Review / Dark Souls III (PC)


The controller breaking nightmare is back with the release of Dark Souls III. Developer FromSoftware‘s third entry into the brutal but beautiful series is set in the Kingdom of Lothric, where an undead warrior known as the Ashen One is tasked by a mysterious woman known as the Fire Keeper to avert an oncoming apocalypse brought about by the endless conflict between fire and dark. But the only means to avert this event is by linking the fading First Flame. In order to link the flame, the Ashen One must destroy and inherit the powers of the five previous Lords of Cinder, heroes who have linked the flame across eons and who have since gone insane from the pain of their endless burning.




You awake in an unknown place. It’s ominous, desolate, and darkness is looming right around the corner. This is the world of Dark Souls. A world of constant danger. You never know if your next move will be your last move. This is made even harder when you are a newcomer to the franchise.

Dark Souls III is a skill based game. Hardcore RPG is the best name for it. This game does not pander to the new player. You are thrown into the world and are expected to survive. If you don’t, you die, and then you start again from your last bonfire a little wiser. This style of game play gets repetitive quickly, but that is the entire point. After dying several times your reactions become muscle memory. You are fueling by the burning desire to be better than last time.




Stepping into the world of Dark Souls having played only a couple of minutes of Demon Souls is a interesting experience. I know enough about the world I’m in to know how to act but I still found myself taking stupid risk. On my first try I ran dead into the Ravenous Crystal Lizard. After claiming my life and my souls three times in a row I was finally able to over come the beast only to be beaten within an inch of my life by the actual boss in the next room over.

My Dark Souls III experience played out exactly like this. Overcome a challenge only to find something even harder and more ridiculous in the next room over. You should never underestimate anything in this world, it is a great way to end up somethings lunch. I didn’t find myself getting lost in this game like I do in other hardcore RPGS. Either I am finally getting better at this or this game has a great sense of direction.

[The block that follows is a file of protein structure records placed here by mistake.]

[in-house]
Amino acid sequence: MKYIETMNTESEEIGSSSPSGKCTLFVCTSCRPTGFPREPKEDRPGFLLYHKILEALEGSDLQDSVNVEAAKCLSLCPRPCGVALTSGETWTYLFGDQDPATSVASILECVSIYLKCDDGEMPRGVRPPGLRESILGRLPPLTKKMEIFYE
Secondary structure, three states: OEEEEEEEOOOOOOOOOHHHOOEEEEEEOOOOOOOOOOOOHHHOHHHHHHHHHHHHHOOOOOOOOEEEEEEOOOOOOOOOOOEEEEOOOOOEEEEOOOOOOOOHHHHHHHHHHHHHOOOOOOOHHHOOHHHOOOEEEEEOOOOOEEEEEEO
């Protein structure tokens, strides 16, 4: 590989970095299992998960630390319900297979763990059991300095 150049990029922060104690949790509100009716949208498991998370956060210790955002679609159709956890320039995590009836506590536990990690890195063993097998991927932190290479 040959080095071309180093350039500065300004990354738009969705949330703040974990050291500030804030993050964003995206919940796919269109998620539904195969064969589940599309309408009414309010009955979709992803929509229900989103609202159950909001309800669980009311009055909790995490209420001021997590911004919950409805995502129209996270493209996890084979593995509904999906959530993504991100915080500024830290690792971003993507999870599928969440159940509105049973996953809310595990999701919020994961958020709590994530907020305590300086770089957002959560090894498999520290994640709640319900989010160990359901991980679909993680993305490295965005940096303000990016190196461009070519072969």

Everything in Dark Souls III is beautiful. Ok, beautiful is an understatement. Environments manifest and burst into view before you as you traverse the deathtraps around you. Everything from the medieval architecture to the monstrous enemy designs will make you smile in amazement as you are dodging for your life. There was one time where I stood in front of a cliff and watched the sky in front on me in awe only to be knocked off of that very same cliff. It was a fitting death.

If you stare into the abyss too long you will be forced into it. I didn’t realize I was in Sparta. You have to be aware of your surroundings at all times. This game likes to hide enemies in nooks and crannies, waiting to make you just another victim. This makes it quite painful to explore.




Speaking of painful, there are a lot of creatures that inhabit this world. Freaky cultist that hunt you down with broken blades. Knights with shields, bracing for your attack. Hell hounds that strike from everywhere at once. Demons and Skeletons. Lizards and Assassins. Everything in the game wants you good and dead. The trick is to learn their dance. Yes, dance.

Combat in Dark Souls III is a fluid action. If you got on the offensive with every threat that you meet you will soon learn new types of pain. Certain enemies have the ability to learn your fighting style and they will respond accordingly. It will do you a world of good to observe a threat before engaging it. There are threats that will mutate and change on the battlefield, Bloodborne style, and going into a fight swords blazing will get you killed. It is a good thing that the controls in this game are so solid. Being able to dodge the second you hit the button right as a sword swings inches about your body is a amazing feeling you never get used to. So much so that I have tried to do it in other gamed and have come out sadder when I realized it can’t be done. Adapting in combat is the key to success.




While playing the game on Steam it seemed to be stuck in controller mode. I tried to fix it so that the game gave me prompts with the keyboard buttons instead, but to no avail. Eventually I gave up and plugged in an old Xbox 360 controller. I don’t know if this was an isolated incident but it was slightly annoying. I was looking forward to the keyboard and mouse experience.

There were also times where I was 100% positive that the enemy missed me but it seemed to auto correct its attack in mid swing, Sword Art Online style, and hit me anyway. I thought that was weird but then it happened again a little later. For a game that is based on persuasion and precise movements a glitch like that is a little game breaking. The game also had heavy frame rate drops and lag the first time I ran it but those have all seemed to be resolved.




Dark Souls III is a fantastic ride into the depths of frustration. Although it does have a few weird glitches and graphical errors it is still an amazing experience. The best part about the hardcore RPG genre is that you learn more about yourself than you do about the game. You never know who a gamer truly is until you kill them seven times in a row on the same level. There is a reason that this game is known for breaking controllers. You must let the angry flow through you. You must praise the sun.



This review is based on a retail copy of the game provided by the publisher.

Live, Die, Repeat
  • 9/10
    Gameplay - 9/10
  • 10/10
    Visuals - 10/10
  • 8/10
    Controls - 8/10


+ Beautiful Visuals
+ Evolving Combat
+ Dangerous Terrain
+ Tight Controls
– Random Glitches